“Friends fight for you, respect you, include you, encourage you, need you, deserve you and stand by you.” Anon
It had never before happened during the time we lived in a small village in the interior of the State of São Paulo. An ordinary weekend became special when the Executive Secretary of our new mission board came to visit us. He wanted to see firsthand what we missionaries were doing out among the coffee ranches in that corner of Brazil. Since my wife Doris wished to be a good hostess doing what she could to impress , she took the unusual step of making a pie for the dinner following the Sunday morning service.
Yes, pies were unusual in our home for she was so involved in our missionary work that fresh fruit was generally the easy option for desert. But on this occasion she wanted to present our visitor with a pie. But there was little available for a pie filling in our village except the fresh Brazilian fruit– those came mostly in season. But she had to try something and that is where the secret came in.
A Papaya tree grew in our yard close to our home and it was usually loaded with fruit weighing at least four kilos. Here North Americans might know it as Pawpaw but no matter the name, we enjoyed it. We ate Papaya as we might a slice of watermelon, sometimes with a spoon or in a smoothie. The papaya became the ingredient for Doris’ pie though as far as she was concerned it was no secret. At the same time it did not seem so very special that she should spread the news. You see, we simply ate Papaya fruit whenever it ripened enough to pick.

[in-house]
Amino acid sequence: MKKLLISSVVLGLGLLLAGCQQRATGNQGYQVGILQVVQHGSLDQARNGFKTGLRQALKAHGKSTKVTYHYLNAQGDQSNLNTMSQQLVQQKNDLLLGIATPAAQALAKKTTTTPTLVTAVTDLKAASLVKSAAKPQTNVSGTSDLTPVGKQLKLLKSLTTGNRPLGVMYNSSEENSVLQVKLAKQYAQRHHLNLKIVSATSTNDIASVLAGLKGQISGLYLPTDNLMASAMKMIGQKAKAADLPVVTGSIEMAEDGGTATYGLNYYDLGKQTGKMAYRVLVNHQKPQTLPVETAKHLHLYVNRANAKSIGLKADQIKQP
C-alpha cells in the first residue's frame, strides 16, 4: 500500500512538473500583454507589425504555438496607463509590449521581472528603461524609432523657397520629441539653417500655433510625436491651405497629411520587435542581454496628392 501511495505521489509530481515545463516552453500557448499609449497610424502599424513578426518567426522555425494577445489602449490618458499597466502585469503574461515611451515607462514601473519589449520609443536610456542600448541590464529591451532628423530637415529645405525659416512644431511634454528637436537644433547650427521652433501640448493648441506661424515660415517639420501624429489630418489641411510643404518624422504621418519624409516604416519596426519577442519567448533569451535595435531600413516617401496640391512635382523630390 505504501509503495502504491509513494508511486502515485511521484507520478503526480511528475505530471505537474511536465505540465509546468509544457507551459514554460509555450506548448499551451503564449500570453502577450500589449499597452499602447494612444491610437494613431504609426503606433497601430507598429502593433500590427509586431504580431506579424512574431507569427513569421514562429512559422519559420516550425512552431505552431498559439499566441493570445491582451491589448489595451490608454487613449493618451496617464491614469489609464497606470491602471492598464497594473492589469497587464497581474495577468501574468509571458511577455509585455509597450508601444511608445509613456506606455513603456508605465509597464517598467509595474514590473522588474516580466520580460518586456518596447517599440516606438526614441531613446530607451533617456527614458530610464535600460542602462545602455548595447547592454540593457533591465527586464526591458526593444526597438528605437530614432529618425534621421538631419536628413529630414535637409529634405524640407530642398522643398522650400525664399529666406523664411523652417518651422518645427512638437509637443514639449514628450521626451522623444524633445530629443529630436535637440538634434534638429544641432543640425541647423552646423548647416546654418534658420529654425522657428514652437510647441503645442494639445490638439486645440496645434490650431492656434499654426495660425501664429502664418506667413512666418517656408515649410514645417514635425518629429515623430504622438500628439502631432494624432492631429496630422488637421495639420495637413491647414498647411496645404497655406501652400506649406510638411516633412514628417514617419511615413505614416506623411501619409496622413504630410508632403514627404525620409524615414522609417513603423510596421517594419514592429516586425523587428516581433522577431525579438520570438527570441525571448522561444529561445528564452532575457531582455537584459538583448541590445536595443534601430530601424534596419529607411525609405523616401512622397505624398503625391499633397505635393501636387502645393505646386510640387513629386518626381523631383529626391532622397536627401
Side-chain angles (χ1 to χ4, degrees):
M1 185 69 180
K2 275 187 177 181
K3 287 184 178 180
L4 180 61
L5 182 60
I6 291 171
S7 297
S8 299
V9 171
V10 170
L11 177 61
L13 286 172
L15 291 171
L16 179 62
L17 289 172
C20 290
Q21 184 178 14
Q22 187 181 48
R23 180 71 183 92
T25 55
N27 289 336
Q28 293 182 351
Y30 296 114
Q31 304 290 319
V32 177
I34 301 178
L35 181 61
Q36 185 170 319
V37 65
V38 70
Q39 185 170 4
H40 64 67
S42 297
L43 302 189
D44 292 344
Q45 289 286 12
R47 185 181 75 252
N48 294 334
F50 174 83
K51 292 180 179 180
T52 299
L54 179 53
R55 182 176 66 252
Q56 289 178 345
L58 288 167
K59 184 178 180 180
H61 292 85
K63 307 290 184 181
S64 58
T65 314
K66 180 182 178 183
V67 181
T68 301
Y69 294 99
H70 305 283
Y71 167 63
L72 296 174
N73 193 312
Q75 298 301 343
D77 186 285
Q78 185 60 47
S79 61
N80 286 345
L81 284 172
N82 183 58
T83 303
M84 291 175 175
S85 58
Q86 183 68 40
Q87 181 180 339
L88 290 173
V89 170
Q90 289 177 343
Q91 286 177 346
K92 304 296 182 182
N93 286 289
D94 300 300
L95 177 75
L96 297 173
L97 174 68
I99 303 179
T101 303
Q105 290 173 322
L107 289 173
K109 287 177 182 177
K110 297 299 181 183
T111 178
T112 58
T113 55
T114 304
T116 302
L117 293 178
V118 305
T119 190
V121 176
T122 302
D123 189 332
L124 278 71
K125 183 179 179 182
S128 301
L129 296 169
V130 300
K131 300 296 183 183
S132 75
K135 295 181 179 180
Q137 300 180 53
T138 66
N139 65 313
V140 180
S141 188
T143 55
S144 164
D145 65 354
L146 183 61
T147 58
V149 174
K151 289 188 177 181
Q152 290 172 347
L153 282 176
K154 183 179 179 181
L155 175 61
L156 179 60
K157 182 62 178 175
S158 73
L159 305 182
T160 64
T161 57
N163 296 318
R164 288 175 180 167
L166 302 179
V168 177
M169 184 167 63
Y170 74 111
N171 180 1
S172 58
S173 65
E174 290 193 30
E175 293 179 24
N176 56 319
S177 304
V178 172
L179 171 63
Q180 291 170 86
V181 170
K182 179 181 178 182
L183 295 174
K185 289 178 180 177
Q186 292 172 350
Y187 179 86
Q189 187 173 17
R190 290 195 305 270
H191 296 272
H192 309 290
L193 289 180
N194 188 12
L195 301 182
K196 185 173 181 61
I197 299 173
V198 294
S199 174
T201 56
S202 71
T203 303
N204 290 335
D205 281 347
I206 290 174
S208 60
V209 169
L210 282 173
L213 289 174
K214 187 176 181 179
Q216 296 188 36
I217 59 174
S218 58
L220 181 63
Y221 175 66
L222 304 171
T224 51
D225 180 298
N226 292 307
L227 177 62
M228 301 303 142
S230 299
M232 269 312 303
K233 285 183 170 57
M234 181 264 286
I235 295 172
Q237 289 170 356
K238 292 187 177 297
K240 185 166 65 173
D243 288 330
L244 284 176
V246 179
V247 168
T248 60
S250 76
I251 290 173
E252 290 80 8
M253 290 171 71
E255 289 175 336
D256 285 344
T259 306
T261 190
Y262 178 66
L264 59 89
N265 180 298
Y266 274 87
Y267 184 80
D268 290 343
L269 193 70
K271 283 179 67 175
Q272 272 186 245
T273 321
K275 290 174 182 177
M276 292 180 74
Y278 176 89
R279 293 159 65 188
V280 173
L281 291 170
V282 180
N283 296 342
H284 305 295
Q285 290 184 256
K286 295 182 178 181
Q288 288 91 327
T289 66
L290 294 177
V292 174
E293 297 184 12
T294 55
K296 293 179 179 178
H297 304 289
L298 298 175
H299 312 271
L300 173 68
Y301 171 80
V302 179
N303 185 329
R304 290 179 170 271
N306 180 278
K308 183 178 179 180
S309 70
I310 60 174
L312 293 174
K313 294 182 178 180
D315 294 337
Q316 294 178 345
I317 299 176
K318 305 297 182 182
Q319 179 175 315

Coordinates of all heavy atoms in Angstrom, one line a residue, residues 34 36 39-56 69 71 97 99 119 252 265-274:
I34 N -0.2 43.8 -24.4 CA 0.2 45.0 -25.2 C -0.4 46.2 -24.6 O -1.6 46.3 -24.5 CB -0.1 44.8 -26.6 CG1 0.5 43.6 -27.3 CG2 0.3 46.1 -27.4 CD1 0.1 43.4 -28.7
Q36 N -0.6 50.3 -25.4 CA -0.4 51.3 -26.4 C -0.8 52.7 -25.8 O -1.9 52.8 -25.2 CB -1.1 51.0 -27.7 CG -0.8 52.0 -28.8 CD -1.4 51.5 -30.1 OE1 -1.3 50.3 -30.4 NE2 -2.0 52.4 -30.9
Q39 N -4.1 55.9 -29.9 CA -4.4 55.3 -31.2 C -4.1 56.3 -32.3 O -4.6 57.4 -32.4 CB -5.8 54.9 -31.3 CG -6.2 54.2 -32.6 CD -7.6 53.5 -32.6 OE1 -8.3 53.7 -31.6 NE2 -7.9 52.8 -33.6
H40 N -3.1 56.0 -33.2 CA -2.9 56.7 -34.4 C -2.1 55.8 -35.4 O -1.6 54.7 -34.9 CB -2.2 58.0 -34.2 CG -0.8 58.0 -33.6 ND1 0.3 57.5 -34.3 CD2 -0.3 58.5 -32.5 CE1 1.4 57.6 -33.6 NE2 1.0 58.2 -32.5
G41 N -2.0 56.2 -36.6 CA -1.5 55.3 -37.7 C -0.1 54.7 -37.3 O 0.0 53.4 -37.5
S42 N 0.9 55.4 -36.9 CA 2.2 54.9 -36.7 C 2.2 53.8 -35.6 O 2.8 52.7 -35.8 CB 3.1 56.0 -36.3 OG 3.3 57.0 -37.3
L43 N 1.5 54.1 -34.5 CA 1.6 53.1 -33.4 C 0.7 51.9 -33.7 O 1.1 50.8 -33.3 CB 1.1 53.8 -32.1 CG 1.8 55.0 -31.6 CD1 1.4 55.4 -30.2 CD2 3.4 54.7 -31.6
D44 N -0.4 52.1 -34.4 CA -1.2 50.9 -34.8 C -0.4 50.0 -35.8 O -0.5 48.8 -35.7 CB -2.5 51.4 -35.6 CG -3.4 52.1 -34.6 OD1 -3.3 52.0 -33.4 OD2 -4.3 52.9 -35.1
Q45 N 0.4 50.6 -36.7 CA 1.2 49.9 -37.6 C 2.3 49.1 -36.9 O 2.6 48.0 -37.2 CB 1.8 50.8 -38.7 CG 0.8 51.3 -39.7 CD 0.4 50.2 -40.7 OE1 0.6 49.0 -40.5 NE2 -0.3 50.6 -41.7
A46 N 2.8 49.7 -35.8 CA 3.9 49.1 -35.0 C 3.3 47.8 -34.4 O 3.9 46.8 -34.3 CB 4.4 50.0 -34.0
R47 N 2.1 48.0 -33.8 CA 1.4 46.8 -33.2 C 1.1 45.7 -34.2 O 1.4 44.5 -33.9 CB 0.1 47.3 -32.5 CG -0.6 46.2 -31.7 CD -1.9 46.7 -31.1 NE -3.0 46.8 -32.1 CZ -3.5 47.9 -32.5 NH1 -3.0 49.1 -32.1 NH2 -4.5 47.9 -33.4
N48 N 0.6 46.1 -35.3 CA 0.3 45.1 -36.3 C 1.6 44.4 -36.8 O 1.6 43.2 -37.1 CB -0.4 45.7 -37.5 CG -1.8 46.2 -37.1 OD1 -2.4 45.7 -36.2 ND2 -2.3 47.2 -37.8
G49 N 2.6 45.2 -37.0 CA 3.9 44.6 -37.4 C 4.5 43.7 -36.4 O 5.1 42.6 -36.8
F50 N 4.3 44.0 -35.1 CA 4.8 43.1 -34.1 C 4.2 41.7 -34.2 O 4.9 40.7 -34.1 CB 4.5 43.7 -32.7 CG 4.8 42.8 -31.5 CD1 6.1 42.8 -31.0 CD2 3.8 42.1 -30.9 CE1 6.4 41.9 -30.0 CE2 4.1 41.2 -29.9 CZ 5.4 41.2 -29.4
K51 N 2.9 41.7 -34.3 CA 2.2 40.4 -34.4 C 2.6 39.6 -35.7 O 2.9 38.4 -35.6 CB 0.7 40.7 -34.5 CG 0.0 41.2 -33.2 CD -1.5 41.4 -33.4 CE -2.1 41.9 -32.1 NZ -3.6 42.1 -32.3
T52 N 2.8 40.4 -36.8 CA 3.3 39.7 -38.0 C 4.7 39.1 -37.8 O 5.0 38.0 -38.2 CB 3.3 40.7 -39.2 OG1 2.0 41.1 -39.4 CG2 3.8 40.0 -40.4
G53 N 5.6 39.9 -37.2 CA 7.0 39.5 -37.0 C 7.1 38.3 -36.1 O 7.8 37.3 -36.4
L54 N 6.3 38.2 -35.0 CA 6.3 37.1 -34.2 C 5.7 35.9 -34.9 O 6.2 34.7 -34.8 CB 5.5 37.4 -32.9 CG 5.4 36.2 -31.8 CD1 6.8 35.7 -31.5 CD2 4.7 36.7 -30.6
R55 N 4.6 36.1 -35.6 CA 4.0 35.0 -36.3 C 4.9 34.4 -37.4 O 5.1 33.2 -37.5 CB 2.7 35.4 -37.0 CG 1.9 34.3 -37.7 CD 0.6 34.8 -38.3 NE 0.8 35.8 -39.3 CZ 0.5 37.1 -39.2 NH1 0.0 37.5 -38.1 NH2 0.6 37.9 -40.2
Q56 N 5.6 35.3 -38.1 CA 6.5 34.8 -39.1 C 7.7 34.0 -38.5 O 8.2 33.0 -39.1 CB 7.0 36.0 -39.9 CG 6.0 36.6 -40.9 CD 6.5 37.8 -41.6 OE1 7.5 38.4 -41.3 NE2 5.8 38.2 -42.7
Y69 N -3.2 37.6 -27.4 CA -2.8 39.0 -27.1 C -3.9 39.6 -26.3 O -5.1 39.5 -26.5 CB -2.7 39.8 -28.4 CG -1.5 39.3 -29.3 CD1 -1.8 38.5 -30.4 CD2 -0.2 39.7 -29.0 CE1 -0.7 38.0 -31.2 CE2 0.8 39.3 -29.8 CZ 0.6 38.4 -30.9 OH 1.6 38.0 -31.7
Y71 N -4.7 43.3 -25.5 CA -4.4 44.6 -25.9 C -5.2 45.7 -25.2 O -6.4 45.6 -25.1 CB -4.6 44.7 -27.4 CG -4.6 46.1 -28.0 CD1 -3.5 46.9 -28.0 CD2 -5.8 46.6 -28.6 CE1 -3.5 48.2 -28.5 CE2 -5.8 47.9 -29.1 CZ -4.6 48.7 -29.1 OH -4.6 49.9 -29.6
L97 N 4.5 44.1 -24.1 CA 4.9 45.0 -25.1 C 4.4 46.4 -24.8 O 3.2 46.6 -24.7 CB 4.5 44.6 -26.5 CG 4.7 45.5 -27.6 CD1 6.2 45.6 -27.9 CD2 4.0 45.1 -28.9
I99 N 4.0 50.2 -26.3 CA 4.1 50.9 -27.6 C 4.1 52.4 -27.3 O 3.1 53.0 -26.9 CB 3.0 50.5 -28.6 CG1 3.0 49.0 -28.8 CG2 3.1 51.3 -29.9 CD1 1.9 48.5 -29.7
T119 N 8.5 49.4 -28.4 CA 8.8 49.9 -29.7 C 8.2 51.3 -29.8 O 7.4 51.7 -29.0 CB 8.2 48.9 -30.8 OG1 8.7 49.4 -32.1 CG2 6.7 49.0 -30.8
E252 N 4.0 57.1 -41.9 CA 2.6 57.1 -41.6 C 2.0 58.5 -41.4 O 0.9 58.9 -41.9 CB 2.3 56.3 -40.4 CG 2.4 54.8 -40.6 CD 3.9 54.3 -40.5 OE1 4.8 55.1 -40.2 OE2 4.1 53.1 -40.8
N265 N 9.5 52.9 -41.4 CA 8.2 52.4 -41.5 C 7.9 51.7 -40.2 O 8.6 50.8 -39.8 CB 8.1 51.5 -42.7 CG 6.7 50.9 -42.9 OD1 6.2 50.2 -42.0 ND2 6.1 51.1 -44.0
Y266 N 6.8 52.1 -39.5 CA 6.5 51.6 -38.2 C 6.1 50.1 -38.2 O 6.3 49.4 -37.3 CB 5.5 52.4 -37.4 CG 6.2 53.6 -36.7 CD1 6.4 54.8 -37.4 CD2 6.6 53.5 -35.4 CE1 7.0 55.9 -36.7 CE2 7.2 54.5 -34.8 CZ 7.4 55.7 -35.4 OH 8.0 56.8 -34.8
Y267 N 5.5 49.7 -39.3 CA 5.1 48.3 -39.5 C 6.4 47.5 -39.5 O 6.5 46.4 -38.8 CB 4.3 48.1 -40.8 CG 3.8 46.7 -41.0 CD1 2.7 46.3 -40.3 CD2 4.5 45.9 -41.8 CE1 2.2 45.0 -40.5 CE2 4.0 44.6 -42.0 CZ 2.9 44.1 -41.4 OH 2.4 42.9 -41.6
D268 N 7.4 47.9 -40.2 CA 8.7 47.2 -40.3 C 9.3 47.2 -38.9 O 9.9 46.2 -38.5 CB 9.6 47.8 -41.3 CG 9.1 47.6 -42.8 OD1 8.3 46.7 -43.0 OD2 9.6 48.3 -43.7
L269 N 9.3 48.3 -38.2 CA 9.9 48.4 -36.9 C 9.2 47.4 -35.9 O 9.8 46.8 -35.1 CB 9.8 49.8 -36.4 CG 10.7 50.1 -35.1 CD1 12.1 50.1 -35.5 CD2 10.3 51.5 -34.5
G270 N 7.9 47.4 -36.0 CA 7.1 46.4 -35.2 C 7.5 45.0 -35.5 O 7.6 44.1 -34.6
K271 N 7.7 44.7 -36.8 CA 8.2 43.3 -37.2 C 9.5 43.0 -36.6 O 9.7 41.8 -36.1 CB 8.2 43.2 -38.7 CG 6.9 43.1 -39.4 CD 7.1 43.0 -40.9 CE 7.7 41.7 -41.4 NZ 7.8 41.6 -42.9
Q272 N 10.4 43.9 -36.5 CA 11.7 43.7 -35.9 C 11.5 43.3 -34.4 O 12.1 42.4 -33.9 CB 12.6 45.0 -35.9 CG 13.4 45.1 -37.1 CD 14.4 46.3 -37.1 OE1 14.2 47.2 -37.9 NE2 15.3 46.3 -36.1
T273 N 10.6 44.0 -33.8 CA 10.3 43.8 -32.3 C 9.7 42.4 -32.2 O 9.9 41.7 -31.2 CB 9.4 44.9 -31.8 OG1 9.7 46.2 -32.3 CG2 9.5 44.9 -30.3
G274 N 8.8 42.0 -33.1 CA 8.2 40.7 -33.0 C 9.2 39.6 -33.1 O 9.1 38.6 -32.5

We gathered in our home after the worship service for a simple meal made up of what we could buy locally. Our visitor raised not a question about any of the food till he had finished his piece of pie. Then our visitor, Dr. Myron Lamson asked, “Where could you find peaches for this pie? You’ve probably never ever seen peaches in a fruit market in this end of the land?”
Doris answered, “That is not a peach pie. It’s Papaya. This fruit is from the tree you’ve seen in our yard.”
Our visitor was incredulous, “But it tastes just like a peach pie.” So once again Doris stated that it was a Papaya pie and there was no hidden recipe that made it taste as if it were peaches.
Doris never made it a secret about the pie and our visitor never complained about it. But this I know–he returned to his home having learned the secret of what he thought was peach pie.
It may take time to get used to foods in other countries and at other times unusual fruits and vegetables have a wonderful taste. It took some time for me to get used to the taste of mangoes for the taste resembled axle grease—whatever that might be. I recall later on that folks from our church planting project brought a half sack of mangoes. What a treat. No doubt about it, the fruit we ate were at times different, but wonderful.
There is another taste we are encouraged to try. The Psalmist says, “Taste and see that the Lord is good.” Yes, try out the way of Jesus for it includes the forgiveness of sins and hope of eternal life. You will never know the good “taste” of being a follower of Jesus till you try him as your Saviour and Lord. “Taste and see…”